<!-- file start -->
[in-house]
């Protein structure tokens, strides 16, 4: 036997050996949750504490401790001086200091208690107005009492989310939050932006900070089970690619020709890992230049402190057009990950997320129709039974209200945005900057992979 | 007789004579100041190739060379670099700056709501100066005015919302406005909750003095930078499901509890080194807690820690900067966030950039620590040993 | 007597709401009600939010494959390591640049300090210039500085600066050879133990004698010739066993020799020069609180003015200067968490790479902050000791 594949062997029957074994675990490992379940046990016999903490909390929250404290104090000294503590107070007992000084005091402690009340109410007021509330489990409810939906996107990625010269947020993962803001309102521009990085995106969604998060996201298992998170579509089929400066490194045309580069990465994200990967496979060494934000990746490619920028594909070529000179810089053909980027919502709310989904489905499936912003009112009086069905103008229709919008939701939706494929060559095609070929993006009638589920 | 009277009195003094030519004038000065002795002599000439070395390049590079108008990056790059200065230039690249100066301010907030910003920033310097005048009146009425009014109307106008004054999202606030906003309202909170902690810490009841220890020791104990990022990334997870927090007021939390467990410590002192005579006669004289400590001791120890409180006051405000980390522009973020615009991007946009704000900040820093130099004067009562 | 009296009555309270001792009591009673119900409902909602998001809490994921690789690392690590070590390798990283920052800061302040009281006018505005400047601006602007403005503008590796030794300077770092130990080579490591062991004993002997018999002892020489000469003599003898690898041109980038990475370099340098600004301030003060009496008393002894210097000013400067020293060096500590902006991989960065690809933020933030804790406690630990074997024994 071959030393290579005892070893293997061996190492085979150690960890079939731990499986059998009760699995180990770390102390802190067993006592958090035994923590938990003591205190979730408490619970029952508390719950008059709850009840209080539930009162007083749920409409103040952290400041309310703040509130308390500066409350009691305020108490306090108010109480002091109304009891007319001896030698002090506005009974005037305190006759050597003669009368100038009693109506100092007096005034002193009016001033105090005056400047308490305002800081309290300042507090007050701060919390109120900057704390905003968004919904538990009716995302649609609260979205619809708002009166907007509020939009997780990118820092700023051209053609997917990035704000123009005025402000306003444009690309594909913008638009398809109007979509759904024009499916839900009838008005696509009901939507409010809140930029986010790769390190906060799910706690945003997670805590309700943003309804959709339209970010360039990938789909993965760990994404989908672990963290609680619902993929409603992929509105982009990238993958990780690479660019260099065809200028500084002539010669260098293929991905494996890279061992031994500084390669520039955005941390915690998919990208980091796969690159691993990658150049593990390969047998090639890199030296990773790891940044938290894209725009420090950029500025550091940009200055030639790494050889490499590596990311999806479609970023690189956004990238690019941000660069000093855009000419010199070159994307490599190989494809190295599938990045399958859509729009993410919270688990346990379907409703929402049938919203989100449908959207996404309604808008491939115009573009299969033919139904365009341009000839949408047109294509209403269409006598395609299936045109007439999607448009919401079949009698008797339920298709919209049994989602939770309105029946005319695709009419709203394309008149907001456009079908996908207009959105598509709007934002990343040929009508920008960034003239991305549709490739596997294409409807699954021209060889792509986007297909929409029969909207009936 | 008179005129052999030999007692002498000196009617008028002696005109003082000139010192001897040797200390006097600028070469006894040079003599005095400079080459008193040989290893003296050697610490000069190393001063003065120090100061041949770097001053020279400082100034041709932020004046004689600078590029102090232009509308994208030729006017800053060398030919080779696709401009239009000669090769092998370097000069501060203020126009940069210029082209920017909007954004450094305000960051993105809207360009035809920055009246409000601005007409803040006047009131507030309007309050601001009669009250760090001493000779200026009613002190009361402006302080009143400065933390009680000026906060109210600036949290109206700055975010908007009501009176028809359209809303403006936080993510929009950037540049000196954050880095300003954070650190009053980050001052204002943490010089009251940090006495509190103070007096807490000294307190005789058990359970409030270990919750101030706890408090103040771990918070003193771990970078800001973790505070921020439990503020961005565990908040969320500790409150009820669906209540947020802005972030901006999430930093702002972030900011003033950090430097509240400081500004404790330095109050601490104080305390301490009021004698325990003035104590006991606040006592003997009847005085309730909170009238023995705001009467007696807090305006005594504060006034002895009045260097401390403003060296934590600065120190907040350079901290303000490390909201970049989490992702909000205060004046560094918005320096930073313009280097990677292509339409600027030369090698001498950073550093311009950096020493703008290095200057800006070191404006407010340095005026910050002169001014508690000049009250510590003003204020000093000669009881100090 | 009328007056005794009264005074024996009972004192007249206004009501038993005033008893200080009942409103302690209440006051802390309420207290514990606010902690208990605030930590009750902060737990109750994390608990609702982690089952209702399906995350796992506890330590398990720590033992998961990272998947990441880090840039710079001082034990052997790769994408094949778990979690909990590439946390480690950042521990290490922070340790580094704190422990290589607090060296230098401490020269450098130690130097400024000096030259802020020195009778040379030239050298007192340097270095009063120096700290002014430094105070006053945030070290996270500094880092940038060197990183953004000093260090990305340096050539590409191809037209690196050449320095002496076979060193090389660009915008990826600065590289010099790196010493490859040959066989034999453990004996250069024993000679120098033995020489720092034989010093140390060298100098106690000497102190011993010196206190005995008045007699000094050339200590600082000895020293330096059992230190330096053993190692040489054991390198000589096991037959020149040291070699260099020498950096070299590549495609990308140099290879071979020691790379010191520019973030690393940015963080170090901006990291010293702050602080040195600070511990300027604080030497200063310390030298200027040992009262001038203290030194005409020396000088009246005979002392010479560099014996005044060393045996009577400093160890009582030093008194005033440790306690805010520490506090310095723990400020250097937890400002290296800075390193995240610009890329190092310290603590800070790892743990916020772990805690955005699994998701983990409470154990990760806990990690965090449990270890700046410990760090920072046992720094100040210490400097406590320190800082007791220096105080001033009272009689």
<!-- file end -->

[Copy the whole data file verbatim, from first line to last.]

[in-house]
């Protein structure tokens, strides 16, 4: 036997050996949750504490401790001086200091208690107005009492989310939050932006900070089970690619020709890992230049402190057009990950997320129709039974209200945005900057992979 | 007789004579100041190739060379670099700056709501100066005015919302406005909750003095930078499901509890080194807690820690900067966030950039620590040993 | 007597709401009600939010494959390591640049300090210039500085600066050879133990004698010739066993020799020069609180003015200067968490790479902050000791 594949062997029957074994675990490992379940046990016999903490909390929250404290104090000294503590107070007992000084005091402690009340109410007021509330489990409810939906996107990625010269947020993962803001309102521009990085995106969604998060996201298992998170579509089929400066490194045309580069990465994200990967496979060494934000990746490619920028594909070529000179810089053909980027919502709310989904489905499936912003009112009086069905103008229709919008939701939706494929060559095609070929993006009638589920 | 009277009195003094030519004038000065002795002599000439070395390049590079108008990056790059200065230039690249100066301010907030910003920033310097005048009146009425009014109307106008004054999202606030906003309202909170902690810490009841220890020791104990990022990334997870927090007021939390467990410590002192005579006669004289400590001791120890409180006051405000980390522009973020615009991007946009704000900040820093130099004067009562 | 009296009555309270001792009591009673119900409902909602998001809490994921690789690392690590070590390798990283920052800061302040009281006018505005400047601006602007403005503008590796030794300077770092130990080579490591062991004993002997018999002892020489000469003599003898690898041109980038990475370099340098600004301030003060009496008393002894210097000013400067020293060096500590902006991989960065690809933020933030804790406690630990074997024994 071959030393290579005892070893293997061996190492085979150690960890079939731990499986059998009760699995180990770390102390802190067993006592958090035994923590938990003591205190979730408490619970029952508390719950008059709850009840209080539930009162007083749920409409103040952290400041309310703040509130308390500066409350009691305020108490306090108010109480002091109304009891007319001896030698002090506005009974005037305190006759050597003669009368100038009693109506100092007096005034002193009016001033105090005056400047308490305002800081309290300042507090007050701060919390109120900057704390905003968004919904538990009716995302649609609260979205619809708002009166907007509020939009997780990118820092700023051209053609997917990035704000123009005025402000306003444009690309594909913008638009398809109007979509759904024009499916839900009838008005696509009901939507409010809140930029986010790769390190906060799910706690945003997670805590309700943003309804959709339209970010360039990938789909993965760990994404989908672990963290609680619902993929409603992929509105982009990238993958990780690479660019260099065809200028500084002539010669260098293929991905494996890279061992031994500084390669520039955005941390915690998919990208980091796969690159691993990658150049593990390969047998090639890199030296990773790891940044938290894209725009420090950029500025550091940009200055030639790494050889490499590596990311999806479609970023690189956004990238690019941000660069000093855009000419010199070159994307490599190989494809190295599938990045399958859509729009993410919270688990346990379907409703929402049938919203989100449908959207996404309604808008491939115009573009299969033919139904365009341009000839949408047109294509209403269409006598395609299936045109007439999607448009919401079949009698008797339920298709919209049994989602939770309105029946005319695709009419709203394309008149907001456009079908996908207009959105598509709007934002990343040929009508920008960034003239991305549709490739596997294409409807699954021209060889792509986007297909929409029969909207009936 | 008179005129052999030999007692002498000196009617008028002696005109003082000139010192001897040797200390006097600028070469006894040079003599005095400079080459008193040989290893003296050697610490000069190393001063003065120090100061041949770097001053020279400082100034041709932020004046004689600078590029102090232009509308994208030729006017800053060398030919080779696709401009239009000669090769092998370097000069501060203020126009940069210029082209920017909007954004450094305000960051993105809207360009035809920055009246409000601005007409803040006047009131507030309007309050601001009669009250760090001493000779200026009613002190009361402006302080009143400065933390009680000026906060109210600036949290109206700055975010908007009501009176028809359209809303403006936080993510929009950037540049000196954050880095300003954070650190009053980050001052204002943490010089009251940090006495509190103070007096807490000294307190005789058990359970409030270990919750101030706890408090103040771990918070003193771990970078800001973790505070921020439990503020961005565990908040969320500790409150009820669906209540947020802005972030901006999430930093702002972030900011003033950090430097509240400081500004404790330095109050601490104080305390301490009021004698325990003035104590006991606040006592003997009847005085309730909170009238023995705001009467007696807090305006005594504060006034002895009045260097401390403003060296934590600065120190907040350079901290303000490390909201970049989490992702909000205060004046560094918005320096930073313009280097990677292509339409600027030369090698001498950073550093311009950096020493703008290095200057800006070191404006407010340095005026910050002169001014508690000049009250510590003003204020000093000669009881100090 | 009328007056005794009264005074024996009972004192007249206004009501038993005033008893200080009942409103302690209440006051802390309420207290514990606010902690208990605030930590009750902060737990109750994390608990609702982690089952209702399906995350796992506890330590398990720590033992998961990272998947990441880090840039710079001082034990052997790769994408094949778990979690909990590439946390480690950042521990290490922070340790580094704190422990290589607090060296230098401490020269450098130690130097400024000096030259802020020195009778040379030239050298007192340097270095009063120096700290002014430094105070006053945030070290996270500094880092940038060197990183953004000093260090990305340096050539590409191809037209690196050449320095002496076979060193090389660009915008990826600065590289010099790196010493490859040959066989034999453990004996250069024993000679120098033995020489720092034989010093140390060298100098106690000497102190011993010196206190005995008045007699000094050339200590600082000895020293330096059992230190330096053993190692040489054991390198000589096991037959020149040291070699260099020498950096070299590549495609990308140099290879071979020691790379010191520019973030690393940015963080170090901006990291010293702050602080040195600070511990300027604080030497200063310390030298200027040992009262001038203290030194005409020396000088009246005979002392010479560099014996005044060393045996009577400093160890009582030093008194005033440790306690805010520490506090310095723990400020250097937890400002290296800075390193995240610009890329190092310290603590800070790892743990916020772990805690955005699994998701983990409470154990990760806990990690965090449990270890700046410990760090920072046992720094100040210490400097406590320190800082007791220096105080001033009272009689």